The British writer in Westworld who comes up with the robot “storylines” is almost comically douchey. In the show’s pilot, Lee (Simon Quarterman) is smugly crowing about a saloon-robbing scene he wrote that concludes with an epic speech from robotic robber Hector (Rodrigo Santoro). The episode’s biggest laugh comes when a park guest shoots Hector point-blank before he can get to his scripted speech, much to Lee’s dismay.
And in the second episode “Chestnut,” Lee gleefully posits a new scenario filled with such over-the-top violence — a “savage” tribe park of robots that indulge in self-cannibalism, because it’s what the people want! — that it seems like a clear wink to another HBO show. Or rather, at least the world’s perception of the kinds of conversations that Game of Thrones showrunners David Benioff and D.B. Weiss have behind closed doors.
Westworld is many things, including a meditation on the nature of artificial intelligence and a critique of romanticizing the Old West. With its constant side cuts to park workers crafting the robots’ “stories” and worrying about what will appeal to their guests, it’s also the most meta show on TV.
In many ways, the show depicts an extended conversation about television writers and their relationships to what the “guests” (or the audience) and “management” (the network) wants. “Chestnut” made it clear the show intends to use this to slyly acknowledge not only its fellow shows, but what audiences are willing to believe about them.
Now, to be clear, Game of Thrones is not free of faults. It’s indeed crossed the line a time … or five. Oberyn needed to die, but his brains did not need to explode quite so graphically. Season 4’s House of Rape at Craster’s Keep was controversial, to say the least, and viscerally unpleasant to watch — as was the way the writers seemed to revel in putting Ramsay’s cruelties on display far more than was necessary.
Because of this, it’s natural to assume David Benioff and D.B. Weiss are rubbing their hands together and gleefully concocting the next depraved scenario, just as Simon Quarterman’s character Lee is on Westworld.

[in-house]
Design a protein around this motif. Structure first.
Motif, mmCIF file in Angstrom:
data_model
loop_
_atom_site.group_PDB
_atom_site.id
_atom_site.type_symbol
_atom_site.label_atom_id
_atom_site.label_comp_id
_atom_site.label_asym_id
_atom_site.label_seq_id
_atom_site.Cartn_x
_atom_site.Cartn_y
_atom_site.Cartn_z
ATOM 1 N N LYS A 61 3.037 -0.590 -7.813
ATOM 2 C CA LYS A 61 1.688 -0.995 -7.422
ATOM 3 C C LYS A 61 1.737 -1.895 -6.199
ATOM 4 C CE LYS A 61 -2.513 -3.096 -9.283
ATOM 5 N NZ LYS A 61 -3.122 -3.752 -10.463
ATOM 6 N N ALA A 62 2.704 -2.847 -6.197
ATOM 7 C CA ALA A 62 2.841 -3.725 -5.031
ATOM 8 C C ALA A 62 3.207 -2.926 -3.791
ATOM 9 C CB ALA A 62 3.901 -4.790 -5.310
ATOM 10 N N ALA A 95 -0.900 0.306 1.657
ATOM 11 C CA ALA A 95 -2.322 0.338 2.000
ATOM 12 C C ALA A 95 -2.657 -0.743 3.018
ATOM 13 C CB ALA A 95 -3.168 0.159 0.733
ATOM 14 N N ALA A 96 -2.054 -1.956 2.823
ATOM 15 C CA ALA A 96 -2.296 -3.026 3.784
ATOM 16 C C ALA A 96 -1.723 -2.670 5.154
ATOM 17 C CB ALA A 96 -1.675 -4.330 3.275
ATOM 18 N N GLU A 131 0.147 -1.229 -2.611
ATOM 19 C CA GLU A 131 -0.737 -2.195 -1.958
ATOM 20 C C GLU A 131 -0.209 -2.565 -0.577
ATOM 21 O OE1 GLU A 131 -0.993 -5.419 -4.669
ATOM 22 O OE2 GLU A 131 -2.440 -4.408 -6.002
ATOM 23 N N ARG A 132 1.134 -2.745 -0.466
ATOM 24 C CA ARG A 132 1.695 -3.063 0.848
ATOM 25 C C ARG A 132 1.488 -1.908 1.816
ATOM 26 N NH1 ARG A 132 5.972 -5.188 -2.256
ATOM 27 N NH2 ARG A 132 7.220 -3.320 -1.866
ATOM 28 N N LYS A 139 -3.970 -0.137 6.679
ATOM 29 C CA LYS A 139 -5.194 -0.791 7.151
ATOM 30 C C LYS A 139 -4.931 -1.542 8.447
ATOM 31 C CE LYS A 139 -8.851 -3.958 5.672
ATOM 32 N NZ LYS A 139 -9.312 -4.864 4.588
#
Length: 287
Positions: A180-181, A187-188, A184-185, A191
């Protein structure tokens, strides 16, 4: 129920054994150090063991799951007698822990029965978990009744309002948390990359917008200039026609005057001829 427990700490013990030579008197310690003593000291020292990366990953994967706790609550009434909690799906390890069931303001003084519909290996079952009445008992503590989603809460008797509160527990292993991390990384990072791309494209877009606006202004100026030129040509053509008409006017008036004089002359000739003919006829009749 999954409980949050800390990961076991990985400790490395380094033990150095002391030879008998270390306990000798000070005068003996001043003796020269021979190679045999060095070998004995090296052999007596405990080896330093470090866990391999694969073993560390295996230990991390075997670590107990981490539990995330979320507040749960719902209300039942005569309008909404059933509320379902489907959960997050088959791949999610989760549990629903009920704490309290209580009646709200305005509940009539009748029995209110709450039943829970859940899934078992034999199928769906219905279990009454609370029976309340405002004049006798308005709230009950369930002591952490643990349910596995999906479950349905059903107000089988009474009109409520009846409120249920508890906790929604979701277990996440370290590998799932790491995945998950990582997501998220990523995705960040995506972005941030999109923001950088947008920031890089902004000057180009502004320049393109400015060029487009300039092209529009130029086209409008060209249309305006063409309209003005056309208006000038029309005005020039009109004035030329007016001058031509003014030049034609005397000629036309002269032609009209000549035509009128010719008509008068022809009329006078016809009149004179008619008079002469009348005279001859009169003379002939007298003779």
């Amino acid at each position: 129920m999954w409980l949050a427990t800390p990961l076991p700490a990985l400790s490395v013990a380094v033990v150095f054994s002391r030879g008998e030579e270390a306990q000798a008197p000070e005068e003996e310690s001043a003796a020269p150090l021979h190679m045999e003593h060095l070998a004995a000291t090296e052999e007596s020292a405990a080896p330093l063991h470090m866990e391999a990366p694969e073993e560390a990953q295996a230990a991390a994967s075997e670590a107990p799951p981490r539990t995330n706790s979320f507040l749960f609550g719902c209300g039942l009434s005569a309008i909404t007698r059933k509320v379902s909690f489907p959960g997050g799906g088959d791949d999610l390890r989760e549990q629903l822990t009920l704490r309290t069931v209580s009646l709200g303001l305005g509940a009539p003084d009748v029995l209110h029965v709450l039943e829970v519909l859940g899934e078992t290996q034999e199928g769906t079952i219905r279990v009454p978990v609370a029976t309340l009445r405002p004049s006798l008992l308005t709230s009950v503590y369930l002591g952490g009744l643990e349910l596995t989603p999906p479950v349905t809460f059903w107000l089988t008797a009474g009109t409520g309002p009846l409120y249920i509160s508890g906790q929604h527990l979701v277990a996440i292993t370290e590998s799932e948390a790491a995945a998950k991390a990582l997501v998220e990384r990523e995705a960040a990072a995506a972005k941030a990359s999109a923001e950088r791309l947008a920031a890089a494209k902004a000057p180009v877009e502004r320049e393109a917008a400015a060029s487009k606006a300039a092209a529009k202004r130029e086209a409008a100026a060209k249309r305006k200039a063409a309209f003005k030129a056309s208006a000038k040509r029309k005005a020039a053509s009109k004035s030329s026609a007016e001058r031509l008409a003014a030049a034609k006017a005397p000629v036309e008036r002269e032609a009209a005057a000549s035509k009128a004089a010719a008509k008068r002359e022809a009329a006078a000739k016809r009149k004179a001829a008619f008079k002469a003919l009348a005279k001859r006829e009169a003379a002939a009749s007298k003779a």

But in reality, Benioff and Weiss are two regular dudes who are far more in the Matt Damon and Ben Affleck mold than Bond-villain types, with Dartmouth-grad Benioff as the Damon and the Mastodon-shirt wearing Weiss as the Affleck. Game of Thrones once had too much rape not because they are secret sadists who are pro-rape but rather because there weren’t enough women in the writer’s room. It took them a while to catch up to a cultural conversation their male privilege had previously shielded them from thinking about. After several episodes of internet backlash, they eventually caught on.
But, it’s easy for audiences to assume they are sitting on couches filled with money saying, “Ok, so we’ve already exploded heads and made human dog food, what’s next? I know, self-cannibalizing! That’s what audiences want, brah!” And the Westworld writers are aware of this.
It’s telling that Westworld’s Lee is less believable than the robots; he’s practically a cartoon. As a character, he’s the walking embodiment not of what showrunners and network execs are, but of what the public thinks they are.
Towards the end of “Chestnut,” Lee presents his ridiculous, gory, lurid “storyline” to his boss, explaining that encountering a self-cannibalizing tribe is what the park guests want. “It’s who they are,” he proclaims with gusto.
“The only thing this tells me is who you are,” a gloriously sneering Anthony Hopkins tells him, refuting the idea. With that line, Westworld just asserted its dominance in the realm of meta television.
In its douchiest, dumbest character, Westworld is proving how smart it is.